Abstract

As the colonies of Papua and New Guinea were being prepared for self-government (1973) and independence (1975), three competing spheres of print culture production emerged, each of which developed programs and institutions in parallel and often mutually exclusive ways. These spheres, centred with the colonial administration’s Literature Bureau, the University of Papua New Guinea’s Literature Department, and the Christian missions’ Creative Training Centre, each offered a literary journal as a publication venue for newly trained writers. An analysis of these journals offers a unique glimpse into the publication choices made by young writers at a critical juncture in their personal and professional histories.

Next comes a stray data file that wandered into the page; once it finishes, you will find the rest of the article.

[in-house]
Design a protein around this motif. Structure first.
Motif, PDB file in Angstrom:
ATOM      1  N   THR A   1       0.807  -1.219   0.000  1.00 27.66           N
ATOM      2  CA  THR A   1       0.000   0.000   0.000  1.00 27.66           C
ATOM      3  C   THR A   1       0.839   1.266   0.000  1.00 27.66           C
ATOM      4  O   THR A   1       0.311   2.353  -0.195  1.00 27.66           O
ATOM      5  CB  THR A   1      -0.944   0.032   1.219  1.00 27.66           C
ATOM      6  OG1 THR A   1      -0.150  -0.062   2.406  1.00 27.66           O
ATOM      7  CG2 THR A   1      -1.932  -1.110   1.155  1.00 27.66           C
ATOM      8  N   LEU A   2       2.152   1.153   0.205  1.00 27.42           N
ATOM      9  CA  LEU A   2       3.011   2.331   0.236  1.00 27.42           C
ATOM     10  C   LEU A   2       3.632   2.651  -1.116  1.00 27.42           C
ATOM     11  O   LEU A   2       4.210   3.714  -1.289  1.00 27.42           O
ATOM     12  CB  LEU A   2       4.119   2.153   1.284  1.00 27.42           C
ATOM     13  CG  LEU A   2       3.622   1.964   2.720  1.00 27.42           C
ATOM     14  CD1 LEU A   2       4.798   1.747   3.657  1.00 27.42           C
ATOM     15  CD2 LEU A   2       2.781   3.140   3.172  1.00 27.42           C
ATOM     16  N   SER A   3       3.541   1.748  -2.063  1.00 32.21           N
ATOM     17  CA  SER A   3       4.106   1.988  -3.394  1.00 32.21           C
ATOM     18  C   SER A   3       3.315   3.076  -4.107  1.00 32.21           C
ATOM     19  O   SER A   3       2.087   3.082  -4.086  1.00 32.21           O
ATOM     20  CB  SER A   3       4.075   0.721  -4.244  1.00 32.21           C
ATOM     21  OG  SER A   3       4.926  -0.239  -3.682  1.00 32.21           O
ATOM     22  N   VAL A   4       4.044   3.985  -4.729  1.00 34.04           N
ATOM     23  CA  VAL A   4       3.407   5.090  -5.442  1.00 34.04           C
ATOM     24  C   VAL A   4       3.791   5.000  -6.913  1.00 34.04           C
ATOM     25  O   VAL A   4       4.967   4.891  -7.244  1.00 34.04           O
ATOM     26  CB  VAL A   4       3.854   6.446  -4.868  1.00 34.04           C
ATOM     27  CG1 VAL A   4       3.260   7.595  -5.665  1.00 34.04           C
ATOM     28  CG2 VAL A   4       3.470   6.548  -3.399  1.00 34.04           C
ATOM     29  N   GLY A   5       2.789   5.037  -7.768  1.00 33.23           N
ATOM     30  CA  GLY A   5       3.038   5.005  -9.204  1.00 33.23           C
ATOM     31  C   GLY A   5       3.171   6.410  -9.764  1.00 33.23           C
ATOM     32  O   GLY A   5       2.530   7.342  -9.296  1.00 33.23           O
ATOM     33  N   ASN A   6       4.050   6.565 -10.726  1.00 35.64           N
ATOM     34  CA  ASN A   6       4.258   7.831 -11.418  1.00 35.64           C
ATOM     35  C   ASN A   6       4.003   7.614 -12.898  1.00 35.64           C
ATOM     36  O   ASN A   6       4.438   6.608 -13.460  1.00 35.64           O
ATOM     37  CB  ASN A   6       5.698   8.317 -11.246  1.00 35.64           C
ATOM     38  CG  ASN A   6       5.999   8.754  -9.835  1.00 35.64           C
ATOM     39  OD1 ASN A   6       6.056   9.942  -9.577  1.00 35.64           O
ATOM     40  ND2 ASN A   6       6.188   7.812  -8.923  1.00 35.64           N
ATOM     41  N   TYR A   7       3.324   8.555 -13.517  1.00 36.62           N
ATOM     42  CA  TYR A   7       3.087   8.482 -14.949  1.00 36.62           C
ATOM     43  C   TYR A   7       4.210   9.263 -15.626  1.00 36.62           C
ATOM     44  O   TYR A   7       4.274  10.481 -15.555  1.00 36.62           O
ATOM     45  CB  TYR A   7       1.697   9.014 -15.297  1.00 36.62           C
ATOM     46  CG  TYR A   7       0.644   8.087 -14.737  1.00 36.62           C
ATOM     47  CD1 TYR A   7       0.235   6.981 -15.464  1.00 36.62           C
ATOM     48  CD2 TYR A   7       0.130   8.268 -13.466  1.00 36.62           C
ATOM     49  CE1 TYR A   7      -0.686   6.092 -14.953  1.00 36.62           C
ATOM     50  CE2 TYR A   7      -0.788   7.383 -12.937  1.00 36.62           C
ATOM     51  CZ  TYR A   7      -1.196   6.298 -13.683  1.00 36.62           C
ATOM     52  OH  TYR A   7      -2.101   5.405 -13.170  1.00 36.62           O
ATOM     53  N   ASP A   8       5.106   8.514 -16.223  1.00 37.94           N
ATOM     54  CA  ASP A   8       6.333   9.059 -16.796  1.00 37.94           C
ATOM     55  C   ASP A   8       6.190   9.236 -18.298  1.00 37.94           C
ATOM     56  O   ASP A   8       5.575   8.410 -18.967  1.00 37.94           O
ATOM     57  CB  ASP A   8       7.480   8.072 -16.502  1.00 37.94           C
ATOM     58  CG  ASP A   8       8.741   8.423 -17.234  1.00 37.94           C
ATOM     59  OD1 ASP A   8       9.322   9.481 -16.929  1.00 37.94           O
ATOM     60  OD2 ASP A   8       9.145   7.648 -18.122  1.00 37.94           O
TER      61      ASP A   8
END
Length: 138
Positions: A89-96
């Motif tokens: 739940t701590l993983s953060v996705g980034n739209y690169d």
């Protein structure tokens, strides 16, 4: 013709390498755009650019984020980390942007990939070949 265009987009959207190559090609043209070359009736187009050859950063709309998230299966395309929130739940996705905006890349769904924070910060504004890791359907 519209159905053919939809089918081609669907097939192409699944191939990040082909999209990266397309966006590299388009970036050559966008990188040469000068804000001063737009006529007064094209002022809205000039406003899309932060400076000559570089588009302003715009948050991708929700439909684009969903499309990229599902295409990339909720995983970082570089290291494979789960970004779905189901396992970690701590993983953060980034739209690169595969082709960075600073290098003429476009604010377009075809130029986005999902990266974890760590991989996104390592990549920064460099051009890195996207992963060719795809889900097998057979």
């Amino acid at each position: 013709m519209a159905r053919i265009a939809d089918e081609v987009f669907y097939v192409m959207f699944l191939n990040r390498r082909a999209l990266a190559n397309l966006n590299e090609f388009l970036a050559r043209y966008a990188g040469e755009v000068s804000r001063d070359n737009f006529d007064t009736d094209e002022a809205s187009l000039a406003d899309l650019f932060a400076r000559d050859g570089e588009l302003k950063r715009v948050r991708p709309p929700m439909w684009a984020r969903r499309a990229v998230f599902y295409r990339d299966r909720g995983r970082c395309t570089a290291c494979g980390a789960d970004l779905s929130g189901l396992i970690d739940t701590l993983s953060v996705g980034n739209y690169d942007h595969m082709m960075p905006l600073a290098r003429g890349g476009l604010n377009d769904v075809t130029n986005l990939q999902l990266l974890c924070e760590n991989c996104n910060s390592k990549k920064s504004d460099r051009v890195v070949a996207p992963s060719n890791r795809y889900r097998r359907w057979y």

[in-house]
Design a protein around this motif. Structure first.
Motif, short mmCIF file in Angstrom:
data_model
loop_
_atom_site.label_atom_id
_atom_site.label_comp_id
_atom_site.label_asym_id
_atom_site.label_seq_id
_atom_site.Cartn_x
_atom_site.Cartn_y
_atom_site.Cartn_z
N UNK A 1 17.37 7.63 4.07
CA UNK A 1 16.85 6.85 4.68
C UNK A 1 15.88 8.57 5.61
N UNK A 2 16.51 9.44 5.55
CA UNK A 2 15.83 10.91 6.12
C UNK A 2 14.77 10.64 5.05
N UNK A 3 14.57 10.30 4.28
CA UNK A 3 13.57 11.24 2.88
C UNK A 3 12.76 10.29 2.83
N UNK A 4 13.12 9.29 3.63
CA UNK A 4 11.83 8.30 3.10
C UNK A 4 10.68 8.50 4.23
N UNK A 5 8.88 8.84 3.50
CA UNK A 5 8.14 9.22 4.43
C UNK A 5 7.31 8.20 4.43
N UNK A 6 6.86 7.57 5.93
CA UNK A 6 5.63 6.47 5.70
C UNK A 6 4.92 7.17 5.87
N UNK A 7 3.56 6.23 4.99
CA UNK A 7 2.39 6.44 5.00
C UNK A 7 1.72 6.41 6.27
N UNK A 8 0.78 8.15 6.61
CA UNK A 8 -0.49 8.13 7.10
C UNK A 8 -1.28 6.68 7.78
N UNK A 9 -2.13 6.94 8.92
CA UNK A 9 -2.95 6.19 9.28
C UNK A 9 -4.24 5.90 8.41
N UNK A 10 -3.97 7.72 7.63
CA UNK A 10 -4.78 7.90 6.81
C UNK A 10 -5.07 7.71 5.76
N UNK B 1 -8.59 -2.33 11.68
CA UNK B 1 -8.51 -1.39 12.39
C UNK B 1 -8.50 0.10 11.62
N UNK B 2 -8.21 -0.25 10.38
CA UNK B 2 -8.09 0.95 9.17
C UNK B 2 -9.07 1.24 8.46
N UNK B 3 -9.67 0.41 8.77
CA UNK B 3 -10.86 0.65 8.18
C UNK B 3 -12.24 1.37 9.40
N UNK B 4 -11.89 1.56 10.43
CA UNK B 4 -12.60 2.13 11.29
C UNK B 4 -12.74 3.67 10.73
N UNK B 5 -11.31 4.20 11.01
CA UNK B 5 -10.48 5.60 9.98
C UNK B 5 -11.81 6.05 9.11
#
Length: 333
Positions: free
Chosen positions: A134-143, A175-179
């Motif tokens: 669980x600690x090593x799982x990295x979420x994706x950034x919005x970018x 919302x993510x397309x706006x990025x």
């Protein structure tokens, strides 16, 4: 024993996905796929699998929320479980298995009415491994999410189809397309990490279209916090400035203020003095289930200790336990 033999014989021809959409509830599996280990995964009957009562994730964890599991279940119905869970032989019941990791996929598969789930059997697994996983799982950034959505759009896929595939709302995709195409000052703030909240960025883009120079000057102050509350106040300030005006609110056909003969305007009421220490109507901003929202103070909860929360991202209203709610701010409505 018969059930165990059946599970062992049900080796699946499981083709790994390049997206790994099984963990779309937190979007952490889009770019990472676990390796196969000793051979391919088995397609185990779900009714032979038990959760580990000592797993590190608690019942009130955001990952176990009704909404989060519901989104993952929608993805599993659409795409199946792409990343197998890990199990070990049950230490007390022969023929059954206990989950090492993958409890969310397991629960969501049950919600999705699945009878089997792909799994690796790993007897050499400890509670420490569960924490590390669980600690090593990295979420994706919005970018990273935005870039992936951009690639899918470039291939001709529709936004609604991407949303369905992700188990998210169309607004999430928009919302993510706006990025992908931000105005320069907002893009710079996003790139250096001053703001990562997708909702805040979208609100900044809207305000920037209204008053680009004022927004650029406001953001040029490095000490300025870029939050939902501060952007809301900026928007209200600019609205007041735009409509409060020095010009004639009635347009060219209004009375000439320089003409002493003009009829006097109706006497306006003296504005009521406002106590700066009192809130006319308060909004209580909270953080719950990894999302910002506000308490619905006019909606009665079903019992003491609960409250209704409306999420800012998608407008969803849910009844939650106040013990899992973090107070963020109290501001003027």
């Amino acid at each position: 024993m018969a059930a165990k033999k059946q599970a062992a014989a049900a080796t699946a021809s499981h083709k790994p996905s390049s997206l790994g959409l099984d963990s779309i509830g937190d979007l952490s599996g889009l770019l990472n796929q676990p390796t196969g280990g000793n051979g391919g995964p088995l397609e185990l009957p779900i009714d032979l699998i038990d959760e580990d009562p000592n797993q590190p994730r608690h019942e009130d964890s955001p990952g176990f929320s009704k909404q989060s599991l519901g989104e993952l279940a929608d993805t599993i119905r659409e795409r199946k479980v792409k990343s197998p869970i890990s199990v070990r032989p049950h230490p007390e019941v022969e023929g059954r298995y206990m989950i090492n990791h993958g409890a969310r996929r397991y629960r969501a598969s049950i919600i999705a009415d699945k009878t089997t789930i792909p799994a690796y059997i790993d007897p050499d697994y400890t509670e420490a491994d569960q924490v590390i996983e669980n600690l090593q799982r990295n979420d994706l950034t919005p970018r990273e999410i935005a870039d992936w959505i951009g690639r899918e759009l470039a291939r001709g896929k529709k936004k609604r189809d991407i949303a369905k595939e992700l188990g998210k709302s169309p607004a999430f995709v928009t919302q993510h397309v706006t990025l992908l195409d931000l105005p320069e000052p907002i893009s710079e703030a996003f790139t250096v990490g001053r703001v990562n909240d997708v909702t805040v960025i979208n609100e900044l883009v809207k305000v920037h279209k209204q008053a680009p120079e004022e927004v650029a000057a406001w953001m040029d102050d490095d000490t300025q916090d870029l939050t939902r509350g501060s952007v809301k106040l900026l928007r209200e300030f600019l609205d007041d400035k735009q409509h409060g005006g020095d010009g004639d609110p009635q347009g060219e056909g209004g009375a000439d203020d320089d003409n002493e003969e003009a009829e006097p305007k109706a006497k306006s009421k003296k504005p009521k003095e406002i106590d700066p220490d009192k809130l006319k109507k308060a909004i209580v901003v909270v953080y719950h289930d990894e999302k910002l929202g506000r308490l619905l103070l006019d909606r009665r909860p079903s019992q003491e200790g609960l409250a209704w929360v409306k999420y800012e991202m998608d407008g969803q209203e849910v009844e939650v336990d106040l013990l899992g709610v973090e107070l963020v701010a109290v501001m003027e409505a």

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Additional Information

ISSN
1529-1499
Print ISSN
1098-7371
Pages
pp. 302-331
Launched on MUSE
2015-10-30
Open Access
No
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